Hallett_German

CA Tuesday Tip: 25 APM CE Tips for Stable and Scalable Sites

Discussion created by Hallett_German Employee on Feb 9, 2013
Latest reply on Feb 14, 2013 by MaryGreening
CA Wily Tuesday Tip by Hallett German, Sr. Support Engineer for 2/12/2013

According to my notes, this is the 25th Tuesday Tip that I have written. A lot of underdocumented areas and best practices have been covered so far and many more are planned. Suggestions for future topics are welcomed.

Here are twenty-five tips that you can do to have a stable and scalable APM CE environment. Many of these were covered in past Tuesday Tips.

1. Do your own self-heathcheck of APM CE environment on at least a bi-monthly basis. Things to check are the following:
- APM CE metrics being/closed to being clamped.
- TIM issues due to changes in traffic load and quality.
- Private keys about to expire.
- User groups near limi.t
- TIM/TESS-MOM GUI are less responsiveness.
- Too many defects/incidents/users.
- New errors in logs.
- New types of APM CE logs.
- Review perflog and supportability metrics for EM and database health.

This can be supplemented by a bi-monthly/quarterly health check by APM Professional Service staff.

2. Maintain a configuration book with screenshots of APM CE settings. This can be supplemented by a runbook.

3. Maintain a spreadsheet of the values matched on for transaction definitions. This will help avoid definition overlap.

4. Create and maintain a monitoring strategy document.

5. Create and maintain an APM monitoring roadmap which lists new/updated applications will be monitored that period.

6. Have multiple APM environments including one to test real production scenarios and to capture updated APM definitions.

7. In production, have a business service for sandbox testing before deploying an APM transaction definition.

8. Have a naming standard for APM CE elements. See the tech note on this site for additional information.

9. Do an architecture review at least twice a year for fast changing environments.

10. Use the Run to CSV tool periodically to see if definitions are no longer seeing hits.

11. Have a separate APM environment for pre-APM 9/historical data.

12. Be able to recreate environment using backup, configuration and business transaction export.

13. Create a disposal environment when it make sense such as for temporary reports and applications. (See past Tuesday tip.)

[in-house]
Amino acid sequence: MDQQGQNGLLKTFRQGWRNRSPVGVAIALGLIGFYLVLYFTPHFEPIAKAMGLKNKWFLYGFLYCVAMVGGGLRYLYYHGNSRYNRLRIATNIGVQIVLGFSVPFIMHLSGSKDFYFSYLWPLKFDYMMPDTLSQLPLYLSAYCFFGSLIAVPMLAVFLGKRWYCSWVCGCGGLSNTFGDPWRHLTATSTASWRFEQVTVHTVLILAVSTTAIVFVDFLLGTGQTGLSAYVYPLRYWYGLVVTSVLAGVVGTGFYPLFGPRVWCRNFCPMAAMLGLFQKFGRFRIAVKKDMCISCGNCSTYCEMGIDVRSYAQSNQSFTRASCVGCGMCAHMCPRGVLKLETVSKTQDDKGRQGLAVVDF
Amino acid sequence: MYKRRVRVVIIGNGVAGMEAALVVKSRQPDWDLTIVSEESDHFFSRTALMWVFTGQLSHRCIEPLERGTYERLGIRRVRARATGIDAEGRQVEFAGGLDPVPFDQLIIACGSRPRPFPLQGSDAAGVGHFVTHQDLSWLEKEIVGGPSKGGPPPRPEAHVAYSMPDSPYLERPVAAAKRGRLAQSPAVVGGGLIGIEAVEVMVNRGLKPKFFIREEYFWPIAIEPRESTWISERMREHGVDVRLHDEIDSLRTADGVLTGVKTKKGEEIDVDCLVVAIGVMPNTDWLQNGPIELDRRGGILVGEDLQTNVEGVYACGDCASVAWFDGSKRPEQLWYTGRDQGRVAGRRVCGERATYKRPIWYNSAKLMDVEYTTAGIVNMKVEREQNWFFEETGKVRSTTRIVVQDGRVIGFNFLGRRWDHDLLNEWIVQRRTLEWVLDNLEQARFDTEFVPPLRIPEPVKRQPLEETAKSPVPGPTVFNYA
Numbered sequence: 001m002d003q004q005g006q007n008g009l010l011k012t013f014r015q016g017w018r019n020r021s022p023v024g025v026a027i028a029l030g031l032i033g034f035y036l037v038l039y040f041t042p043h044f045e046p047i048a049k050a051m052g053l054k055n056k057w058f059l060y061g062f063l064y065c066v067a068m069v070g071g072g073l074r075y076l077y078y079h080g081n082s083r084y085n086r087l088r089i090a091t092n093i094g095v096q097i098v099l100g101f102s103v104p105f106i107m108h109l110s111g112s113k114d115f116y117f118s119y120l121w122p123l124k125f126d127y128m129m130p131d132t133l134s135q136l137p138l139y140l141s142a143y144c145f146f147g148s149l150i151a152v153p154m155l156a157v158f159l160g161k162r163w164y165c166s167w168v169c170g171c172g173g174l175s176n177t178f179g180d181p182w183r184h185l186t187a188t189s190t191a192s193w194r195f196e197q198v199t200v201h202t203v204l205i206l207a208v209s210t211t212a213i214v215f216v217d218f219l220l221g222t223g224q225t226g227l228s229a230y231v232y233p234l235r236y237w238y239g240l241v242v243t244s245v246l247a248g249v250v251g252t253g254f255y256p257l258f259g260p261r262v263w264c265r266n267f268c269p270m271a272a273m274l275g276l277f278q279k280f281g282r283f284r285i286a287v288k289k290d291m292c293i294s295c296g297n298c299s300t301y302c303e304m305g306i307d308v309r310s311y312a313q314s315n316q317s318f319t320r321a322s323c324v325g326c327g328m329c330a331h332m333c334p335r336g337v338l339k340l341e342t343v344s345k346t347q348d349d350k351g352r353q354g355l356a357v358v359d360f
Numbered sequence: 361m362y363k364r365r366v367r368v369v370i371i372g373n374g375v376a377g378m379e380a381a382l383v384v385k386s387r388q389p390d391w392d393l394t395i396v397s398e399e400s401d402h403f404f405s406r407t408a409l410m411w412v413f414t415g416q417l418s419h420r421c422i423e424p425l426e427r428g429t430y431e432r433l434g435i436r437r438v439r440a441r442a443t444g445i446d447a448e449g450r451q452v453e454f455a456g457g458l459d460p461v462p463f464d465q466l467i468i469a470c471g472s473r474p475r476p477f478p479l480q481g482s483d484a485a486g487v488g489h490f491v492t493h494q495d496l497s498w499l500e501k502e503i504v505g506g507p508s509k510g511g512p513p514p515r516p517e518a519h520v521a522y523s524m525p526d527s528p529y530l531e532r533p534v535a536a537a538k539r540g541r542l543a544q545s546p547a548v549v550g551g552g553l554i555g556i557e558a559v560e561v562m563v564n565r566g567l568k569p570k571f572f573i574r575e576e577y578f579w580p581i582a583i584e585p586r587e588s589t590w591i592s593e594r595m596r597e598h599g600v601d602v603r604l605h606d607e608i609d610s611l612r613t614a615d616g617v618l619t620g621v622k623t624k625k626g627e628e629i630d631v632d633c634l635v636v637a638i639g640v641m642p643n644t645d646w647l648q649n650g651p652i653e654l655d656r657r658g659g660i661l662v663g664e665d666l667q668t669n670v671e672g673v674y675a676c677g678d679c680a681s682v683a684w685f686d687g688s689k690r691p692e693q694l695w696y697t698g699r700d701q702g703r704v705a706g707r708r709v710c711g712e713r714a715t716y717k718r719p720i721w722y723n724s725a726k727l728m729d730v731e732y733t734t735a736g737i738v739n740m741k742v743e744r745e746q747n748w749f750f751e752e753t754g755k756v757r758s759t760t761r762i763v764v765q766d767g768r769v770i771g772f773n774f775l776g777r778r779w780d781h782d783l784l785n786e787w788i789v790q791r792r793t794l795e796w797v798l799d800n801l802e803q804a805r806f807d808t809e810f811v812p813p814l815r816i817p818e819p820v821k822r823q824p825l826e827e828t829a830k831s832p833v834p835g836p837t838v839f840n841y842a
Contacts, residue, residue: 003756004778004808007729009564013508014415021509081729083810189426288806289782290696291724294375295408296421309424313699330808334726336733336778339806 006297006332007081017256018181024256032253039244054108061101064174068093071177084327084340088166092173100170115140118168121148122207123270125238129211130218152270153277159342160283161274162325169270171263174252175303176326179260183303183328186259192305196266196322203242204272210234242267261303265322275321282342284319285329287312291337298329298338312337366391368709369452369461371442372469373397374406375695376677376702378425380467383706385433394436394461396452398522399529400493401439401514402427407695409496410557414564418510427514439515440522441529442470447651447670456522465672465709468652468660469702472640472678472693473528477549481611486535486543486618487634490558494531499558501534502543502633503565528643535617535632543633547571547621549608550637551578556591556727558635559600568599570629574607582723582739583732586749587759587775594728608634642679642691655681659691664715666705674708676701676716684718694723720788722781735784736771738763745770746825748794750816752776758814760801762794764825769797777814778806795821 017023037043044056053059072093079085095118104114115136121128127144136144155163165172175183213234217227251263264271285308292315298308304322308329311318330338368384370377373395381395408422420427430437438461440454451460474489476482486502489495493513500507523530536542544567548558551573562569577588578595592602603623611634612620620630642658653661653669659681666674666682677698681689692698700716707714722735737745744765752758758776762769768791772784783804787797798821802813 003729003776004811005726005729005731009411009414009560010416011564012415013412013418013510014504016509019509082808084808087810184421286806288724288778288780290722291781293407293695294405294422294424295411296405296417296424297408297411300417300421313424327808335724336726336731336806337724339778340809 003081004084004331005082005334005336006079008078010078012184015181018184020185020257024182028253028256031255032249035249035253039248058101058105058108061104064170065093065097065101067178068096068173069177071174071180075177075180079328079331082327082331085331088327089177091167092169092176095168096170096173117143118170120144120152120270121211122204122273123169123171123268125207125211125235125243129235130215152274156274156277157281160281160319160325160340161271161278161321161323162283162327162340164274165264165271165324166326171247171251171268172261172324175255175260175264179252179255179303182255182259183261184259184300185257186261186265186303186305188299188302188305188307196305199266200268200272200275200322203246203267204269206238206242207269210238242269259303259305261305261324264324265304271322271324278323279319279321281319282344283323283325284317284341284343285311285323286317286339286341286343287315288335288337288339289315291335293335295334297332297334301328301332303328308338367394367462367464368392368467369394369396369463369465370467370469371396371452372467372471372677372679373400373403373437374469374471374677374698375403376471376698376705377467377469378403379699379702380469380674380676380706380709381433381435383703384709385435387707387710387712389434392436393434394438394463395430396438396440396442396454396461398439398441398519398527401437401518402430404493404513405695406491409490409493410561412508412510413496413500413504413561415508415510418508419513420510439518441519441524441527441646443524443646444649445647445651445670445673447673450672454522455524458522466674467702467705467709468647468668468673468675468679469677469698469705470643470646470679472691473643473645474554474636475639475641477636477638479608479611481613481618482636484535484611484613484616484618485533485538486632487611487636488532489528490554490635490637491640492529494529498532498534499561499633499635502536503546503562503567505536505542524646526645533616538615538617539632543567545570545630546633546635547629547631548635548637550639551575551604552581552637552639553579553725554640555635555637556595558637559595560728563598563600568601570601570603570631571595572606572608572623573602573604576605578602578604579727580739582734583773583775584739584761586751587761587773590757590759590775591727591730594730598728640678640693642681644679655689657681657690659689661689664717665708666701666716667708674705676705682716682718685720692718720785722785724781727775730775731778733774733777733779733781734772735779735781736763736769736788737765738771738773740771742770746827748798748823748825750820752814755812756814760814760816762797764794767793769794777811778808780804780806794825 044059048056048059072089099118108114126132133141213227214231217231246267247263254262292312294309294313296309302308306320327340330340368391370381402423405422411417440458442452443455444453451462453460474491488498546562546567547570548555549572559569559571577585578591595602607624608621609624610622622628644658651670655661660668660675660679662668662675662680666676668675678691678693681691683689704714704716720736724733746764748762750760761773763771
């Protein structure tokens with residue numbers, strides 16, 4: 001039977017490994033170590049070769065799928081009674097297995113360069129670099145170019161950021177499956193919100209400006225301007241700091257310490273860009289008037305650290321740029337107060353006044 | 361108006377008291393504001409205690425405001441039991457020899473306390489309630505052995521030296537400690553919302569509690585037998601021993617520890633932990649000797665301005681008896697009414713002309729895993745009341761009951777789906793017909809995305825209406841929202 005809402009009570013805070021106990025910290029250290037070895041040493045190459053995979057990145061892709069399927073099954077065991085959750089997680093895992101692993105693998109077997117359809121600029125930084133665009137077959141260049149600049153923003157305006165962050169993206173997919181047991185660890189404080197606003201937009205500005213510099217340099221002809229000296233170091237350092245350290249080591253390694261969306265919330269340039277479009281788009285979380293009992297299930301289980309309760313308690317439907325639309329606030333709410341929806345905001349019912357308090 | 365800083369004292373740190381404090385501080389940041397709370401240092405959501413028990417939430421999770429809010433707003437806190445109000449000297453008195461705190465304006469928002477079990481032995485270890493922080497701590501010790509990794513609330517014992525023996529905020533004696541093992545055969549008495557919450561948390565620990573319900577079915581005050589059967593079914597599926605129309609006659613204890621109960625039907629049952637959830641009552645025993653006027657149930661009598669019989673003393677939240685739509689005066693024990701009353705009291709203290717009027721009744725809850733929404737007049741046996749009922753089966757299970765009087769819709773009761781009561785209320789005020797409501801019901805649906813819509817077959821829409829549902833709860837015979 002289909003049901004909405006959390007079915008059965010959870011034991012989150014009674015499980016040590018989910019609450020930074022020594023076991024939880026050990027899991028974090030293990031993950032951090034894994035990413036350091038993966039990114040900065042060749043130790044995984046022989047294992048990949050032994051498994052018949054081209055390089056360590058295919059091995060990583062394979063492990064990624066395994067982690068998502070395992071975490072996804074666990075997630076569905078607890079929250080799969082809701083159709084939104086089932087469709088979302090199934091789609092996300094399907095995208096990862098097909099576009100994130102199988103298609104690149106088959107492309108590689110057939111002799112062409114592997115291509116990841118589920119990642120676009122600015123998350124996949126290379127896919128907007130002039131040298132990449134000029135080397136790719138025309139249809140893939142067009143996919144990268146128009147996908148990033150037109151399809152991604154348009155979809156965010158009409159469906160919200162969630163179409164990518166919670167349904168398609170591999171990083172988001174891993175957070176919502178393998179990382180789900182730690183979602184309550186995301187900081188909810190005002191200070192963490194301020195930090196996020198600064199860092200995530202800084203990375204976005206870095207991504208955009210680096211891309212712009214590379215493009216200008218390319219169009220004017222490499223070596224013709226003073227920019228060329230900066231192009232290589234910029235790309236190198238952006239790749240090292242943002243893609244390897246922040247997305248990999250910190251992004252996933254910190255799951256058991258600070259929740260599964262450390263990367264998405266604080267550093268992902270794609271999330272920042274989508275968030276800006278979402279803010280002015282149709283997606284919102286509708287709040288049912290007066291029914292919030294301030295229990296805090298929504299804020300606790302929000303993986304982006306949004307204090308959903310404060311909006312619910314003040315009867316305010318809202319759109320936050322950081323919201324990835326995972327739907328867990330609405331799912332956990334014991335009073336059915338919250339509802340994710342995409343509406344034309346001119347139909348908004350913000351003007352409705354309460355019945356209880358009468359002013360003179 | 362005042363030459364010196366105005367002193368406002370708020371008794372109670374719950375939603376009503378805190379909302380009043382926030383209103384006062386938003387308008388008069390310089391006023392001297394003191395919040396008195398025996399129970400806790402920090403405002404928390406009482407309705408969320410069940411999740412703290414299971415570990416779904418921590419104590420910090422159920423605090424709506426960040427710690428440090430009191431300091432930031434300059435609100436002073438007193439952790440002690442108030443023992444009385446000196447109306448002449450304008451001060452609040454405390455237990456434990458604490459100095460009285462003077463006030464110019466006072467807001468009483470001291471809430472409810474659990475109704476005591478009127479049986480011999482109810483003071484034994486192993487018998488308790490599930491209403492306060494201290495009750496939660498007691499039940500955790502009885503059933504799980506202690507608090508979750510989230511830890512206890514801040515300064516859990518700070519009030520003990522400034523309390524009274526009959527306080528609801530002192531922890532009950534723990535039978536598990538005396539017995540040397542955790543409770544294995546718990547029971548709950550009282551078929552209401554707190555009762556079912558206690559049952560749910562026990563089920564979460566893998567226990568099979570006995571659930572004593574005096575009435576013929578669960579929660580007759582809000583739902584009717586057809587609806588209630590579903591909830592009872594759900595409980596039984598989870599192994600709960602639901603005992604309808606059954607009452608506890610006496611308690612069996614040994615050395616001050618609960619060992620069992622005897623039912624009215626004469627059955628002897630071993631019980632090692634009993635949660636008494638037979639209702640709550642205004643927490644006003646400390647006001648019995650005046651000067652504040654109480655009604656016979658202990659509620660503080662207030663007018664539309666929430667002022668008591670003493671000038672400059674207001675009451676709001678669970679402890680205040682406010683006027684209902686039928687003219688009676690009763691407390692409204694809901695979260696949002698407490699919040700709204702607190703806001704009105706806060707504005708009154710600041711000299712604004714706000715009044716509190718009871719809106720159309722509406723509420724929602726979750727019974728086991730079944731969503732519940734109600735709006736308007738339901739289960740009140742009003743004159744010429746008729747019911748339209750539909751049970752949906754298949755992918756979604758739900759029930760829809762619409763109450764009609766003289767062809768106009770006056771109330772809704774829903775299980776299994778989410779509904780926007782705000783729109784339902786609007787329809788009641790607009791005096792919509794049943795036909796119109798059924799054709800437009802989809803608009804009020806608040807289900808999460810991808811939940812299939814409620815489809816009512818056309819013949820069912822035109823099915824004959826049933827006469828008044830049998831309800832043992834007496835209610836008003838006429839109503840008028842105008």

14. Keep the environment clean of unneeded and used information. (See past Tuesday tip.)

15. Document your APM architecture and network environment and keep it current. This will be a tremendous help during problem resolution.

16. For transaction definitions, typically have no more than twenty transactions per application. When setting up transaction matching rules for no more than one to four parameters. Remember that this is an AND not OR condition so each parameter-value pair must be matched.

17. Continuously optimize and maintain your transaction definitions. Else old definitions will result in false positives or missing data may occur.

18. Determine your APM CE Administration Philosophy and then choose appropriate tasks to perform. (See past Tuesday Tip.)

19. Make APM as part of the development lifecycle so new/updated APM CE definitions are added to production before deployment.

20. Always keep your servers time synched, with plenty of disk space, CPU, and Java heap.

21. Do not capture anything that is not needed such as users/user groups, applications, report, and metrics. Also do not keep anything longer than needed.

22. If an outage does occur, do an after-action review to determine which changes are needed and how this can be proactively tracked in the future.

23. When time allows, read the various documents available on this site to take advantage of current and new features.

24. Periodically discuss with APM users on what they like and like less about the product to determine any missed opportunities or future projects that can be pursued.

25. Internally issue a quarterly APM Report Card on what changes were made in the environment, what problems were resolved due to APM, APM operating issues encountered, and discussion of APM roadmap/monitoring strategy.


I hope to meet or talk to you in the future and would love to hear back on how Tuesday Tips have helped you!

These are the discussion questions for this article:
1. How of these twenty-five tips are you doing?
2. Do you have additional tips to recommend?
3. How has the Tuesday Tips articles helped you?

Attachments

Outcomes